A similar problem has occurred in the case of the effort to encourage TMSC to build a factory in Kumamoto. The factory planned by TMSC is expected to manufacture commodity semiconductors, rather than state-of-the art chips. That is unlikely to lead to advanced industrial development.
Third, it is also doubtful whether "industrial policy" as narrowly defined, that is, policy focusing on supporting a particular industry, such as semiconductors, can produce positive effects. Industrial policy is attracting renewed interest globally. One reason is the rapid growth of China, which is implementing industry-supporting programs on a massive scale. However, according to University of Tokyo Professor Tomoo Marukawa, China's industrial policies are a series of failures. Even the program to support the semiconductor industry has not necessarily been successful, with the domestic production ratio falling far short of the government's target.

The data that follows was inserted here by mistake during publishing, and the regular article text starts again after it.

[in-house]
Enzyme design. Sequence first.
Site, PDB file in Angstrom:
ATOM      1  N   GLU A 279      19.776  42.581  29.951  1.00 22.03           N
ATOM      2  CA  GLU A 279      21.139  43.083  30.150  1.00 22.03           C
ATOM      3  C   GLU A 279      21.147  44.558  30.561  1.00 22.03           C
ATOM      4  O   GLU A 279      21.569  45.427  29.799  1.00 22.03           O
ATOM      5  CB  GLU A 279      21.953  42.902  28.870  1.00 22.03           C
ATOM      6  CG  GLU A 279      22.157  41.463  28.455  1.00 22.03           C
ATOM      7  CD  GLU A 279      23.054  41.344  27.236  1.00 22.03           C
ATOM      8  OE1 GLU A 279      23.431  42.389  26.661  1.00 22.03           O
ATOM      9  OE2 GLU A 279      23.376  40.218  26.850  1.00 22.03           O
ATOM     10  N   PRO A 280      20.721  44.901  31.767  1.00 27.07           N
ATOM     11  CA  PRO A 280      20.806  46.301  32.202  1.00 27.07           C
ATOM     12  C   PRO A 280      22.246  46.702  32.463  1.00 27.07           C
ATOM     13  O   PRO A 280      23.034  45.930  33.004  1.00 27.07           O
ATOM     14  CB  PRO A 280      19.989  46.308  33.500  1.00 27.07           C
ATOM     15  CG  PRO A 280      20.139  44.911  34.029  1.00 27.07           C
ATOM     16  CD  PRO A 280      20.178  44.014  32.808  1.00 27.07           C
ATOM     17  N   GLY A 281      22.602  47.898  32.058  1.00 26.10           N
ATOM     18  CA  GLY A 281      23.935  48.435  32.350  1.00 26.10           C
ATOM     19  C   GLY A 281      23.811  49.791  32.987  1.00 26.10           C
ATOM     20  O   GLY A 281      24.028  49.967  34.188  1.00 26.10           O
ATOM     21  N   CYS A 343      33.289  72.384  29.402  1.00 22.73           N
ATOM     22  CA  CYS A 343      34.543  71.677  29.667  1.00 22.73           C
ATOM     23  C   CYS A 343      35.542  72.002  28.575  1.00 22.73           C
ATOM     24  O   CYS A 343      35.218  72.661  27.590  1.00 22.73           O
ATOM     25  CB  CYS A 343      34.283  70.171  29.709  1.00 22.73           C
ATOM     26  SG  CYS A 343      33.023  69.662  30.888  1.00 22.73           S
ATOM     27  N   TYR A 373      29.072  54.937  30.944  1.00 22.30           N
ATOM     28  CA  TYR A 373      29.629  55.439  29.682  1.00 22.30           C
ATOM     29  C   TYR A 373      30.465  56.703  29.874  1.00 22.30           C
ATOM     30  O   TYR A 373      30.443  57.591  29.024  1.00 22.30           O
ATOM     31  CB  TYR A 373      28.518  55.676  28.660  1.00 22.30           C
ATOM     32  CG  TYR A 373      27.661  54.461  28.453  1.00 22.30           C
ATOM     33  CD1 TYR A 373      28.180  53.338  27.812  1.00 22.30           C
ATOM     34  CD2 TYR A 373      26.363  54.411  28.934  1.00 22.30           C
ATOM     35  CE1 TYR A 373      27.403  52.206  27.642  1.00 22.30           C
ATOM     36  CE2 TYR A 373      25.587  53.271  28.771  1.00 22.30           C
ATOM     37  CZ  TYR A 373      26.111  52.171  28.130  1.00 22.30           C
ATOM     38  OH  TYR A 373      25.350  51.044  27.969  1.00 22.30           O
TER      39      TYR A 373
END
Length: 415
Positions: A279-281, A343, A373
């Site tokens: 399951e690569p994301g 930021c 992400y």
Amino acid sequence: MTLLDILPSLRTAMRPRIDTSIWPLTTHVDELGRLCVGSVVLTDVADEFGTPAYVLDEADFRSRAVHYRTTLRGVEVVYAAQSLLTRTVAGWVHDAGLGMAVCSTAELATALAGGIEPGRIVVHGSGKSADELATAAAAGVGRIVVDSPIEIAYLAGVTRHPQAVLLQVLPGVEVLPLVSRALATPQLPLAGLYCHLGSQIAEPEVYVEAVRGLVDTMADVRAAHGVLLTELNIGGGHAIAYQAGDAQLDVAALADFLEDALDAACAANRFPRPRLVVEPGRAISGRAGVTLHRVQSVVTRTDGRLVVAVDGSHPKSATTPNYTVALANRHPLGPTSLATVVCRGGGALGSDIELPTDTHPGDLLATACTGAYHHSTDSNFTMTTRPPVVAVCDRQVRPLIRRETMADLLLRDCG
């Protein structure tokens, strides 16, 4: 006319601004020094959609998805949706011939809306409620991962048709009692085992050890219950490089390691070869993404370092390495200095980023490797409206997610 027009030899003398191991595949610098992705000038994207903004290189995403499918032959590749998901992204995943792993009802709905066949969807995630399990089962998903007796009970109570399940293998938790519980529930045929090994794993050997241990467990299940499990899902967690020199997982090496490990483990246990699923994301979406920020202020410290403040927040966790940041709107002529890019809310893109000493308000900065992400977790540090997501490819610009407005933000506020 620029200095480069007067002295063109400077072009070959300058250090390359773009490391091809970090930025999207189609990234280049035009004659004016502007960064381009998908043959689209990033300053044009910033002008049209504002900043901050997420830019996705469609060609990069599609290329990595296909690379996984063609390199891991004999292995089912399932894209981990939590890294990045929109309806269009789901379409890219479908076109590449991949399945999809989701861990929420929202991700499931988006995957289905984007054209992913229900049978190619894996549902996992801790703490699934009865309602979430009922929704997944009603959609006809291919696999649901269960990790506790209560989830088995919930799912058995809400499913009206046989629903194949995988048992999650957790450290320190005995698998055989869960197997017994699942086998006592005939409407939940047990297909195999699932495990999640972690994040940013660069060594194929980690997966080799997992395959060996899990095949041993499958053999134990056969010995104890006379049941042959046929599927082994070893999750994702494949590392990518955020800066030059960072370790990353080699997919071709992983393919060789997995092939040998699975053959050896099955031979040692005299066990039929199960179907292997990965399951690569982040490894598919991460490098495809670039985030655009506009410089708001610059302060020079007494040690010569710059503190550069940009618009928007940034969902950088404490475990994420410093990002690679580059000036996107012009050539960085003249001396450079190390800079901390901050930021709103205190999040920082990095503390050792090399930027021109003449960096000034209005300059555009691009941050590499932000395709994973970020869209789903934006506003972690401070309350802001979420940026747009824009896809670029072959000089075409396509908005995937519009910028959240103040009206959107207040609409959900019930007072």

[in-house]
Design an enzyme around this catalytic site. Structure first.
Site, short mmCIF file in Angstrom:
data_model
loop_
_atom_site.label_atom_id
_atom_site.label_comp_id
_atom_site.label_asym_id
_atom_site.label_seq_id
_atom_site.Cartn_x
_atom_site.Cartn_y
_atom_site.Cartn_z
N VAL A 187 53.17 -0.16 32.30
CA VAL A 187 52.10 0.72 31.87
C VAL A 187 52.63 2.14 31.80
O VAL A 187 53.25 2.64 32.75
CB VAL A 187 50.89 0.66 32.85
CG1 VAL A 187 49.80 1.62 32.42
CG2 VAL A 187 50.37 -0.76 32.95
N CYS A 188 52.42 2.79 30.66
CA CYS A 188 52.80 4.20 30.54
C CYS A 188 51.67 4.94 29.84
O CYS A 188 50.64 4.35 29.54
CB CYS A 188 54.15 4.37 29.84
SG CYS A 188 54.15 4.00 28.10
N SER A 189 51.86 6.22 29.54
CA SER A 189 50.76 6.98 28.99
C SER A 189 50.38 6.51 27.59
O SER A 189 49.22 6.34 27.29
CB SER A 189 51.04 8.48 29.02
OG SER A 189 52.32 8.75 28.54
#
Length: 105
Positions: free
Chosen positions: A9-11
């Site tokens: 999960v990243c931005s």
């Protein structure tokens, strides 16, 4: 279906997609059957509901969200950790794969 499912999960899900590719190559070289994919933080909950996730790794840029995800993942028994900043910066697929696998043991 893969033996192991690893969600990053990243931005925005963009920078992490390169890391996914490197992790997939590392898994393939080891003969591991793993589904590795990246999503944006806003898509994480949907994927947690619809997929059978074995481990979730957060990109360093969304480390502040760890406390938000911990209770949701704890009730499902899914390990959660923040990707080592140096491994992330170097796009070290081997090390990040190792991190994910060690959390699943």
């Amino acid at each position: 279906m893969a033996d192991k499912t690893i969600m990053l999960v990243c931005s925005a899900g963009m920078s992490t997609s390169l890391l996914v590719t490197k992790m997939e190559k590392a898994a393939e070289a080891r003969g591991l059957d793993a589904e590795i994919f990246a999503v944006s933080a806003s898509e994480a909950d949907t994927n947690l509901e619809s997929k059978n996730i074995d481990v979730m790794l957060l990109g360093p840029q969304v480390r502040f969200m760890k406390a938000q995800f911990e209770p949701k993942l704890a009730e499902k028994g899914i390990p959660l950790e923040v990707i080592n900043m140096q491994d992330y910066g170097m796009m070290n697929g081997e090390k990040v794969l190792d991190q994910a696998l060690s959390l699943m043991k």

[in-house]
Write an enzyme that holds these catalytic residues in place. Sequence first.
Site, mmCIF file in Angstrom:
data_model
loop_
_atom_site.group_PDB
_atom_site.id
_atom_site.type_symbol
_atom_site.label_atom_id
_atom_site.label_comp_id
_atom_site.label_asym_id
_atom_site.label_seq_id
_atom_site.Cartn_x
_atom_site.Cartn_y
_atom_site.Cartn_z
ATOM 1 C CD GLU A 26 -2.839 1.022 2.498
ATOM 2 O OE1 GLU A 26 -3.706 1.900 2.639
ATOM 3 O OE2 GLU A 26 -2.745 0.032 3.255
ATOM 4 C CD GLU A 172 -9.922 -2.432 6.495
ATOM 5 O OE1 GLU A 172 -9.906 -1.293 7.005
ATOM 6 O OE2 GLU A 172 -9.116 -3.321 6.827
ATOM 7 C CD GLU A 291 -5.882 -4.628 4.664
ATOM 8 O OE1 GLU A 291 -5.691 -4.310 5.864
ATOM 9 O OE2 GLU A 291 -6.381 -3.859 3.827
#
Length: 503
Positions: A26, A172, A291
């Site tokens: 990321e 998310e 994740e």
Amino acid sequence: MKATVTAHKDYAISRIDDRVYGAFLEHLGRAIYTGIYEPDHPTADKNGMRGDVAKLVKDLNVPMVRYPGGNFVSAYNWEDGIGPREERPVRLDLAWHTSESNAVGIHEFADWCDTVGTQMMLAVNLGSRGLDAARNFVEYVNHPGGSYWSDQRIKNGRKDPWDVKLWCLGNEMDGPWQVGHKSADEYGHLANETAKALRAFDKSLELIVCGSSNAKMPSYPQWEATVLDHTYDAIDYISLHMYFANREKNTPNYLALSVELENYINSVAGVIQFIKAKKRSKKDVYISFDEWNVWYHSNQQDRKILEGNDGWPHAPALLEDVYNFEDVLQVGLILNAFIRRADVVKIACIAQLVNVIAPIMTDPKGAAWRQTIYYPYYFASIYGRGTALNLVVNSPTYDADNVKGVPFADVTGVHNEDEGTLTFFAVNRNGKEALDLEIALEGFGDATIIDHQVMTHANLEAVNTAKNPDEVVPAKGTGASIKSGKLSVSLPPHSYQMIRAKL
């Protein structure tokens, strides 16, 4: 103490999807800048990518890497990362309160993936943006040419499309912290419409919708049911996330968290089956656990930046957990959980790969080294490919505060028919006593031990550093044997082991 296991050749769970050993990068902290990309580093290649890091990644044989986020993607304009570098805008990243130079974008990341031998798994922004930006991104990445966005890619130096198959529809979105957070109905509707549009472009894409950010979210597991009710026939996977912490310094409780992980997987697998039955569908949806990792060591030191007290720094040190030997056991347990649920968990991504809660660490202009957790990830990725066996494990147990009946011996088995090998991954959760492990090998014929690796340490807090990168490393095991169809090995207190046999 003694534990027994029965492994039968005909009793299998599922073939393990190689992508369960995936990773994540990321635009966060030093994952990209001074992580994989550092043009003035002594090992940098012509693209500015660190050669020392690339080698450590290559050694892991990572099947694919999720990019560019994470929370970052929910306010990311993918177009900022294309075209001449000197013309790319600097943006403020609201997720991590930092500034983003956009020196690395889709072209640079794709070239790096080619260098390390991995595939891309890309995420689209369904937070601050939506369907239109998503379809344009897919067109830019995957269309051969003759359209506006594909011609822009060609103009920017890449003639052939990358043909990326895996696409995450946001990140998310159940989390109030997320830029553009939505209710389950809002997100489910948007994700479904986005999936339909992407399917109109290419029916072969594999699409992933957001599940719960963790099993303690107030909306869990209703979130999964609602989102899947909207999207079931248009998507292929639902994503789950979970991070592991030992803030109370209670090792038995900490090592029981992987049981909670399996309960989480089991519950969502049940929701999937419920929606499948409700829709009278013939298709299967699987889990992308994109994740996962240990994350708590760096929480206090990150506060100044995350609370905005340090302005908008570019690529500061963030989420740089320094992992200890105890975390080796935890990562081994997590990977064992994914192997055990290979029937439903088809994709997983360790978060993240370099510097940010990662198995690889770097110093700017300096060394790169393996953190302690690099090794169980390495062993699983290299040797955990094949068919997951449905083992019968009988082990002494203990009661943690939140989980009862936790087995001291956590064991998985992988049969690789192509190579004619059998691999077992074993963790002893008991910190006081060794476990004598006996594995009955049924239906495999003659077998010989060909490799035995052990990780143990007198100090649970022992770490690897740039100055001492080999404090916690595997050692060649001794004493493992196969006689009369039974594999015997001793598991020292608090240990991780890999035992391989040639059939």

A study by Philippe Aghion of INSEAD and his coauthors, which used data for Chinese firms, found that industrial policy improved firms' productivity only when competition was maintained within the supported industry. In other words, it may be said that China’s high-tech industry's rapid growth has essentially been driven by intense competition between private-sector companies although industrial policy may have made some contributions.
Therefore, going forward, industrial policy should be devised so as to encourage the exercise of ingenuity in the private sector by promoting competition in a broad range of industries, rather than focusing on a particular industry, as has been argued by Harvard University Professor Dani Rodrik.
I do not deny that semiconductors are strategically important. However, it is not necessary to keep the full range of production processes, including design and production of materials and manufacturing equipment, within Japan. That is because the risk of supply disruptions lasting for an extended period of time on a large scale is small so long as supply chains are located in countries that do not pose a security risk.
Furthermore, thanks to their cutting-edge technological prowess, Japanese firms have large global shares of some important production processes, and Japan has some degree of influence over the semiconductor supply chain. Making more Japanese firms globally competitive not only in the semiconductor industry but in a diverse range of industries will continue to be critical for both economic growth and supply chain resiliency.